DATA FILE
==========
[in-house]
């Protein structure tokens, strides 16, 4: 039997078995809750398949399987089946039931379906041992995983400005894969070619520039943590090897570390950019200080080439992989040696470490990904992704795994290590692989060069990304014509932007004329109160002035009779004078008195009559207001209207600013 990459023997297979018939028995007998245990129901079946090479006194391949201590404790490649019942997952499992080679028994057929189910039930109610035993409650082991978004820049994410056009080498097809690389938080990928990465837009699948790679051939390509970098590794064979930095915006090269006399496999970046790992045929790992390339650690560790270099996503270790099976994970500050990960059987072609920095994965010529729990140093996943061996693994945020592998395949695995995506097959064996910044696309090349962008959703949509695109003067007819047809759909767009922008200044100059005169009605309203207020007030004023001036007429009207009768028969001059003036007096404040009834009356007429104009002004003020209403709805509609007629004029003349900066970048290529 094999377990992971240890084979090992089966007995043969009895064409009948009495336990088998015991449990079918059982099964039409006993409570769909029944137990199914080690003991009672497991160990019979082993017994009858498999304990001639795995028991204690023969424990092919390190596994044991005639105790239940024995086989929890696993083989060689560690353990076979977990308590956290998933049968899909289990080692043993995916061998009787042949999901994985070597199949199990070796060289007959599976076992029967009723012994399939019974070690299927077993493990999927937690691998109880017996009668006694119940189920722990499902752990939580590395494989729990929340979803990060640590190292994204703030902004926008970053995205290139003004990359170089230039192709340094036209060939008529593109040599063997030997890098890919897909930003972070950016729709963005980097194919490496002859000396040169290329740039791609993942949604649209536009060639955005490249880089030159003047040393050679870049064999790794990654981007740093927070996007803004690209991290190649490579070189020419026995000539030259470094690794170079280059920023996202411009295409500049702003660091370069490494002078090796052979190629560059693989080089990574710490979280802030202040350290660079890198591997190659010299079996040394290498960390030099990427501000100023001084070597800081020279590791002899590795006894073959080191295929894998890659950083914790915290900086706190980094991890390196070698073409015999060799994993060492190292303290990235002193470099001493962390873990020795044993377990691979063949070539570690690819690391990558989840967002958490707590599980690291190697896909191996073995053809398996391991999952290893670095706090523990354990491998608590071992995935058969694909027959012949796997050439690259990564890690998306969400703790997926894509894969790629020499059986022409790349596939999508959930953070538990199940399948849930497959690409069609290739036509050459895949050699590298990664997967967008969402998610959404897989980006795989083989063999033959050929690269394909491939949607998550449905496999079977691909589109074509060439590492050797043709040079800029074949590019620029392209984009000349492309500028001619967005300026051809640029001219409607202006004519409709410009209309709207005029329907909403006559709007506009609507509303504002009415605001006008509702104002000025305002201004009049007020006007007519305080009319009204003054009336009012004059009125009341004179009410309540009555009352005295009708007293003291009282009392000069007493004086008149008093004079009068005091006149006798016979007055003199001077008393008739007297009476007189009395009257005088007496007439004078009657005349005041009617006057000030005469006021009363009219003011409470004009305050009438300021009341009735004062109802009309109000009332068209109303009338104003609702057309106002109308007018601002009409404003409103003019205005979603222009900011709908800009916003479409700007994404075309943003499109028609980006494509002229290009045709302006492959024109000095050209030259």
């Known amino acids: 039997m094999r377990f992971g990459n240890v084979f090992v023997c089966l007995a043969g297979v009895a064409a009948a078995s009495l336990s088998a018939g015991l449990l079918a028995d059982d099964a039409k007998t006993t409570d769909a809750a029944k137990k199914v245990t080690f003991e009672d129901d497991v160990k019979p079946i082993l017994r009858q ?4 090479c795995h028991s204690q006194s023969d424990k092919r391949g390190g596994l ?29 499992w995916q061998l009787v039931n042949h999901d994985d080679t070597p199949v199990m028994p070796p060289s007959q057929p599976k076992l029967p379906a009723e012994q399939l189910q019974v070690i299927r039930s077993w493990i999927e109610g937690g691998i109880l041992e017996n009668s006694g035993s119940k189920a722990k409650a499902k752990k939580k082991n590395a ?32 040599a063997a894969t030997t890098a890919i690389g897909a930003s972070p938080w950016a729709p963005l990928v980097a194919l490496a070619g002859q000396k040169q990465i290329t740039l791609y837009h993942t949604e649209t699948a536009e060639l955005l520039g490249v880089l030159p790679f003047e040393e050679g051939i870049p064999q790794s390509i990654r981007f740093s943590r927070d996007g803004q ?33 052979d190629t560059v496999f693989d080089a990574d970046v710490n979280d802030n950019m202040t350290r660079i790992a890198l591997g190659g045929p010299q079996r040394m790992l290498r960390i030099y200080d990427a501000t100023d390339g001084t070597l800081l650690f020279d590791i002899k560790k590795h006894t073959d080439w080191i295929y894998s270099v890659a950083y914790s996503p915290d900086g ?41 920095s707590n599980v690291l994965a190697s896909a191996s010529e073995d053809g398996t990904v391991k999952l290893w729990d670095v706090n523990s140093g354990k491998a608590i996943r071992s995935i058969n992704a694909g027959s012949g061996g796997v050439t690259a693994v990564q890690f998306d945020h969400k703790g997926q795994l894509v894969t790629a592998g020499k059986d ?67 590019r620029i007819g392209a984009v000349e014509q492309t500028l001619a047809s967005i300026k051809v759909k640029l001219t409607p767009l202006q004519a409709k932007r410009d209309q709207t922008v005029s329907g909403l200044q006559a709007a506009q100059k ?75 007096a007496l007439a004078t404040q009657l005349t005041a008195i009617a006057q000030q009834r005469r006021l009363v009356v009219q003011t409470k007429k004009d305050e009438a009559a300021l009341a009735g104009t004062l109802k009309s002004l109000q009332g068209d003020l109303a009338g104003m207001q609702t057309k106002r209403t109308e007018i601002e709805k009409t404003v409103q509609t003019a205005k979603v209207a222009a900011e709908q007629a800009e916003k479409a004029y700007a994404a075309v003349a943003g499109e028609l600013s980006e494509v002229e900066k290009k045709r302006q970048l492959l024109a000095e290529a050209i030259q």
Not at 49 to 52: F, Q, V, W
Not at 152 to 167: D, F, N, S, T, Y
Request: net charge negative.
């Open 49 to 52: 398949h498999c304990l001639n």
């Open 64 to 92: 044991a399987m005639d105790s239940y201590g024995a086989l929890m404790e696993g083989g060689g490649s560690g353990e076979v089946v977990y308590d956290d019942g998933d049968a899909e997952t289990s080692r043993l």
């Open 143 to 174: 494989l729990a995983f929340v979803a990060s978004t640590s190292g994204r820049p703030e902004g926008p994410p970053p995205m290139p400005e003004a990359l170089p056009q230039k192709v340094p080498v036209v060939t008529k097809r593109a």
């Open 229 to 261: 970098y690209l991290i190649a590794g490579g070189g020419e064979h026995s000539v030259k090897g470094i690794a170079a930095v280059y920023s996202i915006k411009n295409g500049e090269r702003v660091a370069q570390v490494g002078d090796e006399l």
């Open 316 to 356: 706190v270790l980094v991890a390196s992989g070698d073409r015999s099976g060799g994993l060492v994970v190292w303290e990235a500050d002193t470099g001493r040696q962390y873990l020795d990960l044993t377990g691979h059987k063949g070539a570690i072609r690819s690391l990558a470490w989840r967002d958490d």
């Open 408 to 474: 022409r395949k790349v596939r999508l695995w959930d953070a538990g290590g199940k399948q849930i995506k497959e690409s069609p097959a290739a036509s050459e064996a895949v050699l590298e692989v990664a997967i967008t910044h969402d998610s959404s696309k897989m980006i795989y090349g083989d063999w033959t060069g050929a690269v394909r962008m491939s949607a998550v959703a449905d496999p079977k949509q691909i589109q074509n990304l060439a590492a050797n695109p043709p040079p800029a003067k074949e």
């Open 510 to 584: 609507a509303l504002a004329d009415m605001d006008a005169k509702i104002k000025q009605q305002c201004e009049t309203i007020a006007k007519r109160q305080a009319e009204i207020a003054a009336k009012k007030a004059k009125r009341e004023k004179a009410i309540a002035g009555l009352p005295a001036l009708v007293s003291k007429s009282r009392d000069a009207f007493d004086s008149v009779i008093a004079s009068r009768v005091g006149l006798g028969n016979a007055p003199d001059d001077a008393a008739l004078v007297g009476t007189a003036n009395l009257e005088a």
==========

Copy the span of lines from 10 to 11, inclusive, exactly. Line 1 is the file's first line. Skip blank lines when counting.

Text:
């Open 229 to 261: 970098y690209l991290i190649a590794g490579g070189g020419e064979h026995s000539v030259k090897g470094i690794a170079a930095v280059y920023s996202i915006k411009n295409g500049e090269r702003v660091a370069q570390v490494g002078d090796e006399l």
């Open 316 to 356: 706190v270790l980094v991890a390196s992989g070698d073409r015999s099976g060799g994993l060492v994970v190292w303290e990235a500050d002193t470099g001493r040696q962390y873990l020795d990960l044993t377990g691979h059987k063949g070539a570690i072609r690819s690391l990558a470490w989840r967002d958490d």